The global drop in oil prices is seeing the first of many production adjustments after Saudi Arabian officials announced a cut of 500,000 barrels per day on Sunday.
Energy Minister Khalid al-Falih told reporters that national production was increased after sanctions against Iran were imposed by the U.S. in October.
However, the initial market response was an overreaction and consequently, Saudi Arabia has exceeded demands.
“All along we said that the market overreaction to the announcement on sanctions was driven by fear rather than by real shortages. Markets get it wrong occasionally as they did a few weeks ago… but ultimately the pendulum will swing to a reasonable middle," said al Falih.
Saudia Arabian and Russian officials met this weekend in the United Arab Emirates to discuss the possible daily reduction in oil production of one million barrels into next year, Organization of the Petroleum Exporting Countries said. A final decision will be announced in Vienna, Austria following the international meeting on December 6.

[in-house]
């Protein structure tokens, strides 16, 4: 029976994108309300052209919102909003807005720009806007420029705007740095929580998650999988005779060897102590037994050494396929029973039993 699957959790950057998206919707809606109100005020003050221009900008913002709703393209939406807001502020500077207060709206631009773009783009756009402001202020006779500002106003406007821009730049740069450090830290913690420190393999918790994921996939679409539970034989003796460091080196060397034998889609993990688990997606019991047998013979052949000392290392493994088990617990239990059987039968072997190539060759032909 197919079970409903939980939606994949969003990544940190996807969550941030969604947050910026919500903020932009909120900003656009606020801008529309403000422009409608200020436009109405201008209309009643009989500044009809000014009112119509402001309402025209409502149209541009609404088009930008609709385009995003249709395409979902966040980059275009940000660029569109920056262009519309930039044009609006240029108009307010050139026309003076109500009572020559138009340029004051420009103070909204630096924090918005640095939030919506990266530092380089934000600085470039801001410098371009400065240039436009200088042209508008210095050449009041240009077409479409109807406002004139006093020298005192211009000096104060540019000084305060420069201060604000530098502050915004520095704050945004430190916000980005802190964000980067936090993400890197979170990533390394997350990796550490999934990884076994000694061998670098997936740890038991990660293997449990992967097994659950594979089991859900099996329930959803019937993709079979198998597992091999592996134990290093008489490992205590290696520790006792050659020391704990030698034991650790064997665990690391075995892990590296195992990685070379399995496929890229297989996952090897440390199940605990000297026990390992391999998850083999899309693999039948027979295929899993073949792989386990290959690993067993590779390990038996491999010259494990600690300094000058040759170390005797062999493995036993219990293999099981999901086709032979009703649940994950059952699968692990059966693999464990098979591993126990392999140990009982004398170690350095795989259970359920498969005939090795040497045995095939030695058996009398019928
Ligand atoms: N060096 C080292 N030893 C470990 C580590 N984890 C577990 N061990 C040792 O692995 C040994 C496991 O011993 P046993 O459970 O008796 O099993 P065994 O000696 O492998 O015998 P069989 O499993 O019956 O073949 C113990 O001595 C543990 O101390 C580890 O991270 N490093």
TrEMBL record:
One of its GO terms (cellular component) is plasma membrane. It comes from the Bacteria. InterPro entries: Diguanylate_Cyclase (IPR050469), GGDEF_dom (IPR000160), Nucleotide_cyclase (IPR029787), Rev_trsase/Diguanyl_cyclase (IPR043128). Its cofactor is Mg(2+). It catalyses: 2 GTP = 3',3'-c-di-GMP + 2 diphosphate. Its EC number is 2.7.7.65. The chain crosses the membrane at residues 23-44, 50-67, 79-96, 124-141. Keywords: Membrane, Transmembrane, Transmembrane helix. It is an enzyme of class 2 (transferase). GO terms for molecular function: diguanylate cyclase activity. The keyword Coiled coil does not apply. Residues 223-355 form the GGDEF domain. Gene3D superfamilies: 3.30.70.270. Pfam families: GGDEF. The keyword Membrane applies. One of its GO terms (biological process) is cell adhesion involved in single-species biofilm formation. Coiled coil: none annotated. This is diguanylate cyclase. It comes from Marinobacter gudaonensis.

In an interview with Wall Street Journal, Oman’s Oil Minister Mohammed bin Hamad al-Rumhy said, “There is a consensus that there will be oversupply in 2019.”
Oil prices have decreased by over $10 per barrel or, in some cases- like the U.S., US$65.
The sanctions against Iran are part of a wider effort by U.S. President Donald Trump to curb Tehran's missile and nuclear programs and diminish the Islamic Republic's influence in the Middle East, notably its support for proxies in Syria, Yemen and Lebanon.
Iranian Foreign Minister Mohammad Javad Zarif said U.S. "bullying" was backfiring by making Washington more isolated, a reference to other world powers opposed to the initiative.
The sanctions are designed, in part, to force Iran's major customers to stop buying its oil.
However, the United States gave temporary exceptions to eight importers - China, India, Greece, Italy, Taiwan, Japan, Turkey and South Korea - allowing them to keep buying from Iran.